50 Words or Less
The ECCO S-Drive golf shoe has a modern look and unconventional lace location. With solid traction and a great balance between flexibility and stability, the shoe performs well in the golf swing. Comfort is concerning.
ECCO has never shied away from unconventional looking golf shoes, and the S-Drive is a prime example. With ECCO, looks are typically the result of design innovation rather than a need for attention. For this shoe, the design intent was to merge the lightweight comfort of a running shoe with the stability requirements of a golf shoe. I found that curious as ECCO doesn’t offer running shoes. But more curious was the location of the lacing. Have the designers gone too far this time? Let’s take a closer look.
Above all else, the location of the lacing grabbed my attention. My brain is so trained to have the laces down the center of my shoes that I couldn’t walk straight looking down at the ECCO S-Drives when I first tried them on.
Getting past the location (we’re not done with that subject) there’s a visual appeal to the modern looking shoes. The uppers, constructed of mesh overlaid and bonded with cutouts of microfiber of the same color, have a lively, curvy pattern. The kiwi color midsole makes a color statement without being flashy and incorporates a zipper-like pattern into the mold.
The shoes are also offered in dark shadow/tomato and Bermuda blue/fire.
Back to that lacing – the asymmetrical location is wonderfully comfortable. The high point of your foot is towards the inside, so it makes perfect sense to have the laces straddle that ridge. It has me questioning why this isn’t the norm.
Inside the shoe, padding is minimal, and the foot bed is firm. I was able to wear the shoes comfortably for a full round right out of the box, but I’d recommend a short break-in period to get used to the feel. I went down a size from my usual and the fit was excellent.
I’m going to continue to play golf in the ECCO S-Drives because they are great performers, but I won’t wear them if I have to walk the course. Sounds crazy right? It’s not that the shoes are uncomfortable, they just give me an awkward gait. Let me try to explain. When I take a step the outside of the heel makes initial contact with the ground, but then my foot slaps the ground as I transition to the ball of my foot. The odd thing is the sole is very flexible. I’m curious to learn what other wearers encounter, as I have been referred to as a freak of nature – by an actual doctor.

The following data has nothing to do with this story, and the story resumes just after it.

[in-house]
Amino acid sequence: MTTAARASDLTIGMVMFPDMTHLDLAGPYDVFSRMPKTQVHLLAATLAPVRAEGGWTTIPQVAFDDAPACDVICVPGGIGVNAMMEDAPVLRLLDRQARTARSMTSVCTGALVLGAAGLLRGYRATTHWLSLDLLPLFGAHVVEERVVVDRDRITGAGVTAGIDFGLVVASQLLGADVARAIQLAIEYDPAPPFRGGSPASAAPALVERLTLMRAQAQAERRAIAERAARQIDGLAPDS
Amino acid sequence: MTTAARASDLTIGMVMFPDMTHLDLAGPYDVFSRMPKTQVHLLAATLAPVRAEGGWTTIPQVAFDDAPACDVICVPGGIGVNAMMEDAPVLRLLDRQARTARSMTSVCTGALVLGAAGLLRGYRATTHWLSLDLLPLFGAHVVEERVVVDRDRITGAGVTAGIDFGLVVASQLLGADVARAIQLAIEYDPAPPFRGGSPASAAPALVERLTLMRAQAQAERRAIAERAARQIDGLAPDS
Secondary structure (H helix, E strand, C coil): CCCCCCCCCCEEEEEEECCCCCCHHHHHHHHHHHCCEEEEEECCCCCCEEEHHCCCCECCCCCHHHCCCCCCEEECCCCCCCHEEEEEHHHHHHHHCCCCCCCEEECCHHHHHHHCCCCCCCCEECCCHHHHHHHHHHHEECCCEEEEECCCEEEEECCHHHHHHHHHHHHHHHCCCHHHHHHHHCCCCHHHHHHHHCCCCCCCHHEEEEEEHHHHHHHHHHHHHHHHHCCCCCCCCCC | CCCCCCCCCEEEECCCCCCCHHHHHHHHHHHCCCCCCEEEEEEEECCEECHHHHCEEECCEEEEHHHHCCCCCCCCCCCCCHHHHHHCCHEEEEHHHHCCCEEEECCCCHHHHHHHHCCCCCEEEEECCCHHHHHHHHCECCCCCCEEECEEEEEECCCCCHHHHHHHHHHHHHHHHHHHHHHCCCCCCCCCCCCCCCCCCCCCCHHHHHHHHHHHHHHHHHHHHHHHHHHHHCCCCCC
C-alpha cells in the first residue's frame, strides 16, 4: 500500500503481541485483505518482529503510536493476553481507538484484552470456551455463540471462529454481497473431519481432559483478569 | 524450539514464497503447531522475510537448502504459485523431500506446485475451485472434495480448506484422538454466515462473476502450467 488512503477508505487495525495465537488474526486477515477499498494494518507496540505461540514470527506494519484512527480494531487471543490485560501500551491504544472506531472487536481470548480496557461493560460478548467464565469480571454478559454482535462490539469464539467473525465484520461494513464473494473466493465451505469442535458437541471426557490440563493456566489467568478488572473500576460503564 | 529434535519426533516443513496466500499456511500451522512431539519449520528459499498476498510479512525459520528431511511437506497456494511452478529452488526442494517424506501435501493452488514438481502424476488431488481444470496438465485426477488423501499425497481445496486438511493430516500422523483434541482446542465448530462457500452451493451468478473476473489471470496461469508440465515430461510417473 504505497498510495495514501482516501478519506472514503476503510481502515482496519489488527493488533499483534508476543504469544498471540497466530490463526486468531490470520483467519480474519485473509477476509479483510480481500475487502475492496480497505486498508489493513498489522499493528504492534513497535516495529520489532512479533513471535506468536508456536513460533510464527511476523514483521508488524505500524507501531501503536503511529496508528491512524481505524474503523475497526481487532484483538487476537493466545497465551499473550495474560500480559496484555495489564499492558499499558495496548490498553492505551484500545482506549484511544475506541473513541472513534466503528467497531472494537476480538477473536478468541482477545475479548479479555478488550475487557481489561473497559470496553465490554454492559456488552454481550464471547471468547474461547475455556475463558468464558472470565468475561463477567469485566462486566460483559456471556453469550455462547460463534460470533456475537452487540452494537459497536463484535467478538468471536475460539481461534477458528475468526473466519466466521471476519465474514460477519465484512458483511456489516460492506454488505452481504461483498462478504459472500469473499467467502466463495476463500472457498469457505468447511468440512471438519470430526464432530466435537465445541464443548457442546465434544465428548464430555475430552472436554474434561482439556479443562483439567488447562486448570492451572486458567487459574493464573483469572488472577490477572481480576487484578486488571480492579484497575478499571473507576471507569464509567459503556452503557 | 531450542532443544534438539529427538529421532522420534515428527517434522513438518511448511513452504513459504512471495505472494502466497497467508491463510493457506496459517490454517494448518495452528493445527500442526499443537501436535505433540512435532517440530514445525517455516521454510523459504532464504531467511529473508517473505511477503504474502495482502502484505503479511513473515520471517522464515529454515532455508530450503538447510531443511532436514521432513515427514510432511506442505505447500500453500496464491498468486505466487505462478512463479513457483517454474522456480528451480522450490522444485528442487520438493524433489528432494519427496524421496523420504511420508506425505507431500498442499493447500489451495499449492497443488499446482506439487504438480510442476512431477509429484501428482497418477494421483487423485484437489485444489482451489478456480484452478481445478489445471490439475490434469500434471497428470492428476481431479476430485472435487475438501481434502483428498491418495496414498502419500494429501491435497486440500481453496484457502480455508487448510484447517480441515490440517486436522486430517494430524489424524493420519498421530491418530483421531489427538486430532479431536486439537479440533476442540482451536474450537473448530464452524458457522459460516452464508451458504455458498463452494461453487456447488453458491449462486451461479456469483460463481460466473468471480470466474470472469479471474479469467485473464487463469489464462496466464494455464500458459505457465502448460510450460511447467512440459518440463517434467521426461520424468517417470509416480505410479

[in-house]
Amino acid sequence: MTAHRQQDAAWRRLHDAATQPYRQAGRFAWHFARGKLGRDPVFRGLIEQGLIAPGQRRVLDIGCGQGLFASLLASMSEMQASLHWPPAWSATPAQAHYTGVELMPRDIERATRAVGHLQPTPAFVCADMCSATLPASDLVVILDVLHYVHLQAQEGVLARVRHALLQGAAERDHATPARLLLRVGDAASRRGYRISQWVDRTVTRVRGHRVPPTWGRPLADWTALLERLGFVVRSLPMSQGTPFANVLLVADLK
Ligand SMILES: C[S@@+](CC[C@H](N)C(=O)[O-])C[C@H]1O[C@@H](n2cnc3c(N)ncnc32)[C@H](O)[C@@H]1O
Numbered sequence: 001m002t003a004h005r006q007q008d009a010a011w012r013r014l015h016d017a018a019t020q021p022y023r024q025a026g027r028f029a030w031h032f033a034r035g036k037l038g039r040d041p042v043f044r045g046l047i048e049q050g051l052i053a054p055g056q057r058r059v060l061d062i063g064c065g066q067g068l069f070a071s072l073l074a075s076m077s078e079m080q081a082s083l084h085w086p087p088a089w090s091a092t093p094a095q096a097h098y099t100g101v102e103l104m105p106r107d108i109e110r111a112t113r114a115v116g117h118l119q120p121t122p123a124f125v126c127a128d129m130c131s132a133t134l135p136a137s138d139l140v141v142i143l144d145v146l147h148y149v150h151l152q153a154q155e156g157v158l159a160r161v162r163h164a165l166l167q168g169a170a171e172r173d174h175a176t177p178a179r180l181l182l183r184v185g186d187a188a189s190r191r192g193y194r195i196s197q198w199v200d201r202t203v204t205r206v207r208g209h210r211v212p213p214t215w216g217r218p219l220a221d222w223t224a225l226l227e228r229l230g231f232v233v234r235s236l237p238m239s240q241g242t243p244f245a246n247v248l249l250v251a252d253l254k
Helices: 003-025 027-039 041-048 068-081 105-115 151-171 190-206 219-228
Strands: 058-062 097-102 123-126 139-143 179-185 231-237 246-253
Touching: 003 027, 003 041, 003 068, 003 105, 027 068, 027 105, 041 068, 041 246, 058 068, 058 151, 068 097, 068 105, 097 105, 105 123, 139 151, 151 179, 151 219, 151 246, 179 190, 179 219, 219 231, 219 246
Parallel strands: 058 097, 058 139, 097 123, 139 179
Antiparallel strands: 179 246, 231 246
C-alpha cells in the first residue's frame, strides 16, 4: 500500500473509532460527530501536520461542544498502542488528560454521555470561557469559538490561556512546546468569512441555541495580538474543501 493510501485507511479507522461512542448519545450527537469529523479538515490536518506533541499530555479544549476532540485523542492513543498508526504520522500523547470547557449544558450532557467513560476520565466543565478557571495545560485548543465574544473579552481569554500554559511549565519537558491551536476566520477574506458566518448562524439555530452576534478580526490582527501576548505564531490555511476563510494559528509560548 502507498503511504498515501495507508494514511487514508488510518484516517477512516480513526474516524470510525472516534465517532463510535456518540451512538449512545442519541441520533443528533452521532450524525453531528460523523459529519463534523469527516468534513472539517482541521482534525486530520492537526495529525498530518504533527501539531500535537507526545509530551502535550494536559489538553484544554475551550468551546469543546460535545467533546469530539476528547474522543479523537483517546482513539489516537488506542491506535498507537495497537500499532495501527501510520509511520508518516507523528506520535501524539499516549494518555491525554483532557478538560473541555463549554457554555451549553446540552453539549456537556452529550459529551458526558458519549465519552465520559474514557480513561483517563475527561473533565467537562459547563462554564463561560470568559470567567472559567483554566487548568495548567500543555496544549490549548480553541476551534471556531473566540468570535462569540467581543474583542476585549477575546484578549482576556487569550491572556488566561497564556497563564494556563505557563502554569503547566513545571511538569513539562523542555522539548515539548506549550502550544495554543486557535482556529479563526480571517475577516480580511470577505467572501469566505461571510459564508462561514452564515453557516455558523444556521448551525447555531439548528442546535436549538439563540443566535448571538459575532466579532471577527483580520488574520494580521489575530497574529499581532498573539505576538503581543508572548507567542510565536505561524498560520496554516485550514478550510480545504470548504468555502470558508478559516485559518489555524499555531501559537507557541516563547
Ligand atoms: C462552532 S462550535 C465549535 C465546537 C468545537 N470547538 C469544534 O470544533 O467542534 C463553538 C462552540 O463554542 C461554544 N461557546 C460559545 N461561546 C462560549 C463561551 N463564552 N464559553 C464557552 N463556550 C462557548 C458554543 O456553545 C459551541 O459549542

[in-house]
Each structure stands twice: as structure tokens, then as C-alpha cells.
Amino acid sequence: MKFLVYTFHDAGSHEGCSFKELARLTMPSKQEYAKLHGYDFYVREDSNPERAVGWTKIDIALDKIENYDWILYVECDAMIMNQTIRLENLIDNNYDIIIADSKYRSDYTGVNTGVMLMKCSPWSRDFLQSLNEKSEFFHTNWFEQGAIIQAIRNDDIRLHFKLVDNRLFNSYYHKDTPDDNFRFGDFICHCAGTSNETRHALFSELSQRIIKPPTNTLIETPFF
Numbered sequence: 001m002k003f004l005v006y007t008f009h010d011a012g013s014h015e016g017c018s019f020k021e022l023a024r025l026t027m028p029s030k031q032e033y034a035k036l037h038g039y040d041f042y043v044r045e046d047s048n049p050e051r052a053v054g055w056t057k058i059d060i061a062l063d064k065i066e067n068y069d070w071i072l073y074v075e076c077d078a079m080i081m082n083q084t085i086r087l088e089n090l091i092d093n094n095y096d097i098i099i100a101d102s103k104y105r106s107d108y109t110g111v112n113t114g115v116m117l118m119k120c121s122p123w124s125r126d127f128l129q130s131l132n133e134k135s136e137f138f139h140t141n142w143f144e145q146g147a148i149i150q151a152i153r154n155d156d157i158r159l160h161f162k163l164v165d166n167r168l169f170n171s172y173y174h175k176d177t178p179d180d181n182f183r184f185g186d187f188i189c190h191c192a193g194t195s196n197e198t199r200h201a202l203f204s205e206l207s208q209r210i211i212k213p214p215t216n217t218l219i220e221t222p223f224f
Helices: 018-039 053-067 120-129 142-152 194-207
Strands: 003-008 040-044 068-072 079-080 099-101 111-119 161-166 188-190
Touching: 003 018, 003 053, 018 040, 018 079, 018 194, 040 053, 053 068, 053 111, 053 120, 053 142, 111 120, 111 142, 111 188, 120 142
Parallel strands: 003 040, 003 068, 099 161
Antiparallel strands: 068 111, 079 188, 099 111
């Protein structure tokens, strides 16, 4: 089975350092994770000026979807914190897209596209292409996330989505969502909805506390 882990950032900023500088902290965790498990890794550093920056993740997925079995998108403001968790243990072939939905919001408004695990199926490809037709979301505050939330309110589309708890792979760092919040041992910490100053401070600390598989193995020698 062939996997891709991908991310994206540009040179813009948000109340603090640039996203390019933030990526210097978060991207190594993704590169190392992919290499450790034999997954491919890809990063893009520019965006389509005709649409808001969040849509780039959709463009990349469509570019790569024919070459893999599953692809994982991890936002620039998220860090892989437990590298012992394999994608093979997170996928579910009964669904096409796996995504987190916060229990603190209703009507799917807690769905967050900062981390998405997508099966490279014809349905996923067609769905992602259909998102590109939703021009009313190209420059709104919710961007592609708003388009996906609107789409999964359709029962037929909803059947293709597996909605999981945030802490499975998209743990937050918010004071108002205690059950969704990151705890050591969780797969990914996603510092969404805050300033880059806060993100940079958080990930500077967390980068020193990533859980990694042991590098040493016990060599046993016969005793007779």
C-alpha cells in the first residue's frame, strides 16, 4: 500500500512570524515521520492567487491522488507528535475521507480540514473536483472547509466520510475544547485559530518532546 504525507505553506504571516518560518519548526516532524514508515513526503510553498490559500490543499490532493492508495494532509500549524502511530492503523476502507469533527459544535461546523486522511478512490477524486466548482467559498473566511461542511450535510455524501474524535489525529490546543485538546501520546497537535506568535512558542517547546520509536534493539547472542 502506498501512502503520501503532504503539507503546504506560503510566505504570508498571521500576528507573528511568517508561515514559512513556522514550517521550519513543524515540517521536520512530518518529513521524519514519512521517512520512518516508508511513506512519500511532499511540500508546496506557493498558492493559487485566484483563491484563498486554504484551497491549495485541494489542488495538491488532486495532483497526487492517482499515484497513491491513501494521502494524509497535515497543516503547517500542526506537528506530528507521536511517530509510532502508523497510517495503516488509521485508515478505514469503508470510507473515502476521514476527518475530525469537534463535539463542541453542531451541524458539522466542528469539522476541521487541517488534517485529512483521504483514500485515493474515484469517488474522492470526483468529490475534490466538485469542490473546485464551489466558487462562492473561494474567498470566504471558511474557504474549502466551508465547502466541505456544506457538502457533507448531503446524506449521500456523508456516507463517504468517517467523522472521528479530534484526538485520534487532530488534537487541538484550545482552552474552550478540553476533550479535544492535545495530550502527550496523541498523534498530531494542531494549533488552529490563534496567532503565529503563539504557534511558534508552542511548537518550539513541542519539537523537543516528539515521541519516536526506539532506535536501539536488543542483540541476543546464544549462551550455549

Despite my negative comments on my walking gait, that oddity may be the reason my feet felt locked in during the golf swing. The ECCO S-Drive was stable on the back swing, allowing me to build up torque. Transitioning through the swing was fluid and posting on the front foot was again stable. Although it’s challenging to see in the photos, each nub on the sole consists of a central circle and four small protruding squares that create an abundance of traction angles.
In both wet and dry conditions, I found the traction more than acceptable for a non-cleated shoe. And in those wet conditions, water beaded on the uppers and my feet remained dry. The inside also stayed dry when tested under running water from a faucet.
The ECCO S-Drive golf shoes leave me with mixed feelings. They’re simple to pull on, snug up and tie, plus the lacing location is innovative and comfortable. Performance during the swing was cohesive, helping me achieve solid results. But there’s something in the design or construction that doesn’t work for me while walking. I won’t hesitate to play golf in the S-Drives, but I won’t be wearing them to or from the course as I’d expect to do with spikeless golf shoes – especially ones with the look of a running shoe.
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